WHO IS TONI ERDMANN?
A three-hour German epic could be the funniest film of 2017. No, really
FORGET DAVID BRENT. If you really want to squirm in your cinema seat, Toni Erdmann is the character for you. Grinning behind a set of fake gnashers, posing as a lifestyle guru or just bringing big-hearted chaos to his ladder-climbing daughter’s life, he’s like a cross between Barry Humphries and a box of Christmas crackers. He’s impish, deeply embarrassing and based on real life. “I was inspired by my father,” laughs Maren Ade. “I gave him a set of fake teeth I got at the Munich premiere of Austin Powers and they became his most important prop. A bit like in the film, he’d put them in if he wanted to tell us something important.”
Ade’s hilarious, moving and slightly autobiographical film has been a darling at festivals from Cannes to Toronto, stirred talk of a US remake, and looks set for an Oscar nod, too. Yes, Germany’s pick for Best Foreign Language Film will wow Academy members with scenes of nudity, pastry-based sex and whoopee cushions. Just three of the things they didn’t get with The White Ribbon.
Erdmann is actually the alter ego of another character in the film, septuagenarian prankster Winfried (Peter Simonischek). Trying to bring a smile to the face of his hard-bitten offspring (Sandra Hüller), he surprises her in Bucharest as she finalises a major oil deal. Things, needless to say, go badly in the most awkward ways imaginable. “There was a lot of work with Peter to make Winfried visible [underneath Toni],” recalls Ade of her creation. “He’s an amateur; that’s the funny thing about him. It was important for the film that it was believable that a real person was doing this.”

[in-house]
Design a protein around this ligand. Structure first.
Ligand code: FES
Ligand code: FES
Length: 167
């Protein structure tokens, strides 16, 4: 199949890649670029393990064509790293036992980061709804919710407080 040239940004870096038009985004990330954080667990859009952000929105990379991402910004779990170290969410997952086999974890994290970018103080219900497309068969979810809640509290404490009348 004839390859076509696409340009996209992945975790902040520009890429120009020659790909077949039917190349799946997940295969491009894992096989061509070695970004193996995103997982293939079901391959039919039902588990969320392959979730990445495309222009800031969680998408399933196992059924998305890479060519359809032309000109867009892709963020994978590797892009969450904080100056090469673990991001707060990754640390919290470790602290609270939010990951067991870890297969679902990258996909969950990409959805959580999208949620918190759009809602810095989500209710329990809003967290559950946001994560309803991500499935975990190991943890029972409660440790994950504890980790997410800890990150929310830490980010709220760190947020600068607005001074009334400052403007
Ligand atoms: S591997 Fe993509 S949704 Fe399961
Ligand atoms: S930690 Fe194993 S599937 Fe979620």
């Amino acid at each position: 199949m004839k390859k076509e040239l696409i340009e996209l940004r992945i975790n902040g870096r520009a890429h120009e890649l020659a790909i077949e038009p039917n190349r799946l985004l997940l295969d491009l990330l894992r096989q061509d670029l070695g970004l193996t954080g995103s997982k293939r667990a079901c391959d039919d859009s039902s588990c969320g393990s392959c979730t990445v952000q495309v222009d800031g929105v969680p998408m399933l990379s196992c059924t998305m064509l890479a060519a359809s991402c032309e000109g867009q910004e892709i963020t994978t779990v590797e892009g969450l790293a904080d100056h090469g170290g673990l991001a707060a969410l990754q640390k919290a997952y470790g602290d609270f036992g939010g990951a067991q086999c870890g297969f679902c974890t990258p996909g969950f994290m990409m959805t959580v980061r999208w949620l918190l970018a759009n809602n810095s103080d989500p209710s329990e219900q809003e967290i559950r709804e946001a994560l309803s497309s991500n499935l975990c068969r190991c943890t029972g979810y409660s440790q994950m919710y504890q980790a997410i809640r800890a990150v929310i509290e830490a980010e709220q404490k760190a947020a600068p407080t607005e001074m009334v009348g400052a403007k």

One of Toni’s surprises sees him inexplicably turning up at his daughter’s birthday party in a Wookiee-like costume. “It’s called the Kukeri,” she explains of the garb’s folkloric roots. “It comes from the mountains of Bulgaria and people wear it to scare evil spirits away. It
was 40 degrees in Bucharest, so we had to get a stuntman to wear it. We put ice onto his body to cool him down.” If this all sounds a bit Pythonesque, you’d be on the right track. “The ’70s were, for me, the birth of modern humour,” says Ade of her influences. “People like Andy Kaufman and Monty Python.” Hearing a Python, Terry Gilliam, was at Empire’s screening, the director instantly turns fangirl. “Oh my God, that’s so cool!” The admiration cuts both ways, it seems.
TONI ERDMANN IS IN CINEMAS FROM 3 FEBRUARY
Sandra Hüller and Peter Simonischek as Ines and dad Winfried. Below: Winfried mid-easter egg-painting party.